So, even if you think that you're being oppressed by the Patriot Act, to claim that your rights have been eroded since the time of the adoption of the Bill of Rights is to completely ignore the course of American history.

    Oh,My.God. Further comment unnecessary. (5.00 / 1) (#5)
    by Bill Arnett on Fri Dec 15, 2006 at 12:37:13 PM EST
    Just one. Bill (none / 0) (#6)
    by Edger on Fri Dec 15, 2006 at 01:32:06 PM EST
    There's no delusion like self delusion, I guess. Quite incredible. isn't it?

    I'm sure Jose Padilla appreciates the facts... (none / 0) (#17)
    by Bill Arnett on Sat Dec 16, 2006 at 04:04:01 PM EST
    ...that, according to Gabriel, prove that we have REALLY improved civil rights for all Americans.

    Need I say more?


    Careful..... (none / 0) (#1)
    by kdog on Fri Dec 15, 2006 at 10:29:46 AM EST
    I don't think the govt. would appreciate people being reminded that this glorious document is still the law of the land.  

    They are hoping our fears get the better of us and we forget it exists.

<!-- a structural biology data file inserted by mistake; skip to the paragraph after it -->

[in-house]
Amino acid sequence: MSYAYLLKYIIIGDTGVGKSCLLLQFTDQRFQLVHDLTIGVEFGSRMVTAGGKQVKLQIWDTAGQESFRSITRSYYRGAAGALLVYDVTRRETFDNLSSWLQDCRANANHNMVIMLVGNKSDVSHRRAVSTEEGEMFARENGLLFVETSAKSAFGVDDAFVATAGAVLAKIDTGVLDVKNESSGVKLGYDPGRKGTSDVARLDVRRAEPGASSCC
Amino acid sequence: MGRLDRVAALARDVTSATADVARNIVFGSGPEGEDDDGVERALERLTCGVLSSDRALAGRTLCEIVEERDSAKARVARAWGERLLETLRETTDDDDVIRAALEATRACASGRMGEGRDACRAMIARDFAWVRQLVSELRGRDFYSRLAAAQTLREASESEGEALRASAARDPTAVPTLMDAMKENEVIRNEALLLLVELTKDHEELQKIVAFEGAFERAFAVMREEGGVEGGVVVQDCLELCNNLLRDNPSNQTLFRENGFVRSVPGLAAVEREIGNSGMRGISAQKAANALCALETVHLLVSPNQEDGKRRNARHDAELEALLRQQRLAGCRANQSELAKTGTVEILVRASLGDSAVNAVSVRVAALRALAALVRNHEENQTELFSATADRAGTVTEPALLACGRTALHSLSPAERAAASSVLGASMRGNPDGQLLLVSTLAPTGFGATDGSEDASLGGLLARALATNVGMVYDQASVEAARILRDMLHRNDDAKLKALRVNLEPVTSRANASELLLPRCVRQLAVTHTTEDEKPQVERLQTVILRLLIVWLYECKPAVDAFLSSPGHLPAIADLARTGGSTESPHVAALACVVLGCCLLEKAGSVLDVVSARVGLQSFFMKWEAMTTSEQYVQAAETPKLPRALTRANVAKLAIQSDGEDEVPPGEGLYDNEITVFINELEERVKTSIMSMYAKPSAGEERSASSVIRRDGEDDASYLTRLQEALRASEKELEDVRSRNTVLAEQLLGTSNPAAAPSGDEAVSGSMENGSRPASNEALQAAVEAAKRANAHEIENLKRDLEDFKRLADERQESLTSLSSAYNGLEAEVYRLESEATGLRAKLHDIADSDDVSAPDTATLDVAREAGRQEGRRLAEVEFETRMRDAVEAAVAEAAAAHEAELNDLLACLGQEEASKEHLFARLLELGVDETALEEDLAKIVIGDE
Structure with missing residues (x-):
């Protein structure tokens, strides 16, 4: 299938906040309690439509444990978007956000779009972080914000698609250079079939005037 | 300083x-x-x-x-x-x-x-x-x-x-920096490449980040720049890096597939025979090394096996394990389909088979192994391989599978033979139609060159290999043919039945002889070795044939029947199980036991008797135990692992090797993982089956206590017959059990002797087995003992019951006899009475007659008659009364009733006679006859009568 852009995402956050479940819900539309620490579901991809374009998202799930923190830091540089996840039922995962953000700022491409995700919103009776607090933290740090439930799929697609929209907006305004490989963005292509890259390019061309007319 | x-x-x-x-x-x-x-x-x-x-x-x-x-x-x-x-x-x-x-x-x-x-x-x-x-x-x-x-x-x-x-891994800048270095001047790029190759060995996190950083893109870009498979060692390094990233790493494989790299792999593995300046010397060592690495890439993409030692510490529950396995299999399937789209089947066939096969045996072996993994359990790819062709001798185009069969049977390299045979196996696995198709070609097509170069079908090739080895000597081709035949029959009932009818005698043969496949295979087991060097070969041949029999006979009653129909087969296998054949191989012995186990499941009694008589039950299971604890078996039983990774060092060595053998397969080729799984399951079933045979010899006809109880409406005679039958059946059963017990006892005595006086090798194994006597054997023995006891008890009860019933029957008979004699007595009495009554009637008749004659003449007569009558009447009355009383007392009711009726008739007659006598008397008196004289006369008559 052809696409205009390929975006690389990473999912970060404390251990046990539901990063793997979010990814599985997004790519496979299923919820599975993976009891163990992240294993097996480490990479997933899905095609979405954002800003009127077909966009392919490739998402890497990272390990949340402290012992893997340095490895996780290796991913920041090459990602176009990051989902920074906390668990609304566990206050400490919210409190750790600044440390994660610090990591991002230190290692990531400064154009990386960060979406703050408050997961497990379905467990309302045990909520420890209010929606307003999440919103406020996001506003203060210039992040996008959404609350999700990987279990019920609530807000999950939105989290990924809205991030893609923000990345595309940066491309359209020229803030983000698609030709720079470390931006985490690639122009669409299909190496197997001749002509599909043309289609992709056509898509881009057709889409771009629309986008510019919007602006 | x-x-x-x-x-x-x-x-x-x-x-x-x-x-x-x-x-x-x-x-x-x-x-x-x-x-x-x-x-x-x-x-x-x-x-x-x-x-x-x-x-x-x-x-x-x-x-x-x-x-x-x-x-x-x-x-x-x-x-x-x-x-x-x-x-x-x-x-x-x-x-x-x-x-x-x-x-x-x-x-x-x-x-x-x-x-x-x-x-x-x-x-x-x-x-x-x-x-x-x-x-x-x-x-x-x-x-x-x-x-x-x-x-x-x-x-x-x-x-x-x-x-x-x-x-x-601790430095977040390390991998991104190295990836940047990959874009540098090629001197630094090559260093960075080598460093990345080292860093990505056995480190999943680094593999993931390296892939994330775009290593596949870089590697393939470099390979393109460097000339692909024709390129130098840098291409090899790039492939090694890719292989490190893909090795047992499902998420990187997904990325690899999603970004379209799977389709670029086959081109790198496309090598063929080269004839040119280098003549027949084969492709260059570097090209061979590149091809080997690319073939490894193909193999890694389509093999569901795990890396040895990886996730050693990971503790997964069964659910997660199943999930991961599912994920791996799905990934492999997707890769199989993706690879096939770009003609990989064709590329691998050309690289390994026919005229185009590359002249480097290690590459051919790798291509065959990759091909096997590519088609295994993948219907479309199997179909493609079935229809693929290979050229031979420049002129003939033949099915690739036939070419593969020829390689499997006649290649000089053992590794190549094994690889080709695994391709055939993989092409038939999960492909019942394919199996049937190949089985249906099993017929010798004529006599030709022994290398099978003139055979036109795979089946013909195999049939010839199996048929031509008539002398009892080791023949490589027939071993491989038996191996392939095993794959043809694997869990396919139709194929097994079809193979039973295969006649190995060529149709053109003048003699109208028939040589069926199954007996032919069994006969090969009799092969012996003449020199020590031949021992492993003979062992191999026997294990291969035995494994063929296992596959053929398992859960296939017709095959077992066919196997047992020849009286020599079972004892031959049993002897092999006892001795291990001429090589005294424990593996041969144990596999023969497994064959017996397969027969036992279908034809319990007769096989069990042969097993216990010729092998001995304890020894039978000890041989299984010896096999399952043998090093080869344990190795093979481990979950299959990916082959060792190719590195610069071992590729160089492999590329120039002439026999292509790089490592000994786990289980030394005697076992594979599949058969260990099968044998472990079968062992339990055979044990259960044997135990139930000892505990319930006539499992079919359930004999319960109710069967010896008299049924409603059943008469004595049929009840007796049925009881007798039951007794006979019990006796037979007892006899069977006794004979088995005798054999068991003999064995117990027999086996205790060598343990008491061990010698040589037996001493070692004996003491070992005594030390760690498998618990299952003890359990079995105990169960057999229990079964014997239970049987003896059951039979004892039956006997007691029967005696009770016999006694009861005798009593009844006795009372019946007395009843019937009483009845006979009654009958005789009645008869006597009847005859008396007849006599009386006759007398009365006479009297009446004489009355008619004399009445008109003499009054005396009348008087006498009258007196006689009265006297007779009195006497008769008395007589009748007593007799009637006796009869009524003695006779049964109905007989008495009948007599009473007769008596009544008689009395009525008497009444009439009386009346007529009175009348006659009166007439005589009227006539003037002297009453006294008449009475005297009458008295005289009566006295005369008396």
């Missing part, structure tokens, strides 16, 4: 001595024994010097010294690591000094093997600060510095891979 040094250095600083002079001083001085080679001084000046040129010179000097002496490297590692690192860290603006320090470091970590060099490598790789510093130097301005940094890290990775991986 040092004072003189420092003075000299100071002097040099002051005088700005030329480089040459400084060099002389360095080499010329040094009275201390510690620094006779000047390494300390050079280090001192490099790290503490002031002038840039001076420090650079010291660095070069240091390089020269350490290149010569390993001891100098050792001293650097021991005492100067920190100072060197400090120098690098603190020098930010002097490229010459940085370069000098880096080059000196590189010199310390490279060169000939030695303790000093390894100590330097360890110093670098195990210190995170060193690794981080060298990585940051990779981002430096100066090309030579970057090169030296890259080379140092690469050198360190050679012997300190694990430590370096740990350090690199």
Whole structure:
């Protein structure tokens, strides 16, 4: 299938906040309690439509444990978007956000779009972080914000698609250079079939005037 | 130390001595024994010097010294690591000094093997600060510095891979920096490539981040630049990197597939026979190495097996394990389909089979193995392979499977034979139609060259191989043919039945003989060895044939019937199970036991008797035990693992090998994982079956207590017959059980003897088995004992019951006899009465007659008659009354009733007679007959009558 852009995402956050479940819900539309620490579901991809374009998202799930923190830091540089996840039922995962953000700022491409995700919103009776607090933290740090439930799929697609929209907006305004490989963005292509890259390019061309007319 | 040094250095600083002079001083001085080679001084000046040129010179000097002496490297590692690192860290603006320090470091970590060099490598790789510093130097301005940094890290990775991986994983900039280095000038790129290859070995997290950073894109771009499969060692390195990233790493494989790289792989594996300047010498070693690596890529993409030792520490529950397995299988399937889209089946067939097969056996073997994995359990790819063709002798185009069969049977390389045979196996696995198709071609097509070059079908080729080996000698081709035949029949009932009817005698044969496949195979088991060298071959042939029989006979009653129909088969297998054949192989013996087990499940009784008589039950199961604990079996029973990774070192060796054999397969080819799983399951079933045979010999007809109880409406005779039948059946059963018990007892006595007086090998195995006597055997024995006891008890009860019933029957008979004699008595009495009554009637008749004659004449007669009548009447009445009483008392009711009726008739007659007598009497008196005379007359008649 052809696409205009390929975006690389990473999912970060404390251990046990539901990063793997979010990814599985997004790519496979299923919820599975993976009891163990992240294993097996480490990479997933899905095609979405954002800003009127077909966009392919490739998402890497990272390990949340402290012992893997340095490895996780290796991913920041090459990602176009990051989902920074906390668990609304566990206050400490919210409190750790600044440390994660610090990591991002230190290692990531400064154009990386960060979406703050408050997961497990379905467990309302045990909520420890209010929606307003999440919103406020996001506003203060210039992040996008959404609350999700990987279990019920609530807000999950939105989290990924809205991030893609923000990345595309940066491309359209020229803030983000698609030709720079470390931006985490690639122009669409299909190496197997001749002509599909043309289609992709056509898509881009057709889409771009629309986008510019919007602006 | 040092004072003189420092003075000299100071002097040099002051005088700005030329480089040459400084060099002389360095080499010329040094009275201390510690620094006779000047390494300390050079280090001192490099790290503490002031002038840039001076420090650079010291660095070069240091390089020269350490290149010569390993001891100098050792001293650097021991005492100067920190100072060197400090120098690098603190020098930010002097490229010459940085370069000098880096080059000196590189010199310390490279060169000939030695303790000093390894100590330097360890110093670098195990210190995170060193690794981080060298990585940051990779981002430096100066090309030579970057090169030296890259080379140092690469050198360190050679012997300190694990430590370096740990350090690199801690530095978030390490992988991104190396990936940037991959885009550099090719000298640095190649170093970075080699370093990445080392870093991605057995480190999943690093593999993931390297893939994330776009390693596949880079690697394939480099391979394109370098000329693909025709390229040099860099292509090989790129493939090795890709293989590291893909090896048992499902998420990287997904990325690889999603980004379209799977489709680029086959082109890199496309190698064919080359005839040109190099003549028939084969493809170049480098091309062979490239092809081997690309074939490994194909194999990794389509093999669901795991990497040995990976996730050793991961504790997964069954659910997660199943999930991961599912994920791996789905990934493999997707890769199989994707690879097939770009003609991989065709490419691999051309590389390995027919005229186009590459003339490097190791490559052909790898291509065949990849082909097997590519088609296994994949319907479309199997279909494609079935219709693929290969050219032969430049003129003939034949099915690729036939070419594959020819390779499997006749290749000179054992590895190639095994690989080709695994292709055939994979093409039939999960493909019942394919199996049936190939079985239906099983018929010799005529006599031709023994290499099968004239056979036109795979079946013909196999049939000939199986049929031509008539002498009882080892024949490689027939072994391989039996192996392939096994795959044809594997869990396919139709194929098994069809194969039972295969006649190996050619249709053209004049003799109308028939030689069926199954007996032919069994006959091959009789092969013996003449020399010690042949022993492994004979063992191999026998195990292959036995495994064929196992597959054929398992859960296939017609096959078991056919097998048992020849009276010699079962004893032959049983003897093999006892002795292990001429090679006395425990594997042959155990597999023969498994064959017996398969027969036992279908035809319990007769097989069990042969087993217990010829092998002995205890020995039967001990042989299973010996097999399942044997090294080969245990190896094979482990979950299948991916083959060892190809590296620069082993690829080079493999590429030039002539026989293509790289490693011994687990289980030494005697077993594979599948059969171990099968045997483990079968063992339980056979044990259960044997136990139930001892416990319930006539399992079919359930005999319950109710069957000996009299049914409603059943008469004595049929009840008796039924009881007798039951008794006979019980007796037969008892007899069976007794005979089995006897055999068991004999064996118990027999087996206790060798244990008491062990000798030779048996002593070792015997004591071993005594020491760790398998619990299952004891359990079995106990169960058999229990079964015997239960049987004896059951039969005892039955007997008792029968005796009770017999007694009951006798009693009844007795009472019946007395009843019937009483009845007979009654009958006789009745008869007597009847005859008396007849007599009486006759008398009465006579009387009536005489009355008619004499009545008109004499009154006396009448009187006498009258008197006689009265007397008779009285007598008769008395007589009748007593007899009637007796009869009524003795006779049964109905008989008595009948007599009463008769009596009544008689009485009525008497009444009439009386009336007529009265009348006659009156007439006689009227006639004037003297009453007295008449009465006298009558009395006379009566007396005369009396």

Gift giving from Bush & Co. (none / 0) (#4)
    by David at Kmareka on Fri Dec 15, 2006 at 11:33:21 AM EST
    Gee, I wonder what gift the Bush administration thought to give the Bill of Rights on this notable occasion.  Rumor has it that they wanted to give ol' Bill a cozy suite at a local retirement community but then, lacking any real imagination or good will, they settled on a gaudy tie and a quart of Aqua Velva.

    Domestic Security Act (none / 0) (#7)
    by William Hosch on Fri Dec 15, 2006 at 02:57:55 PM EST
    So, do you all think that "they" have given up on passing some (possibly retitled) version of this http://www-tc.pbs.org/now/politics/patriot2-hi.pdf?mii=1

    Possible quote? (none / 0) (#9)
    by William Hosch on Fri Dec 15, 2006 at 07:33:55 PM EST
    Those who would give up essential liberty to purchase a little temporary safety, deserve neither liberty nor safety--Benjamin Franklin (probably, but there is so doubt over authorship)


    Any society that would give up a little liberty to gain a little security will deserve neither and lose both--Benjamin Franklin

    Actually, Franklin used many similar aphorisms.

    yep, that's probably it (none / 0) (#16)
    by cpinva on Sat Dec 16, 2006 at 12:34:28 AM EST
    it's good to know i steal from such intelligent sources! :)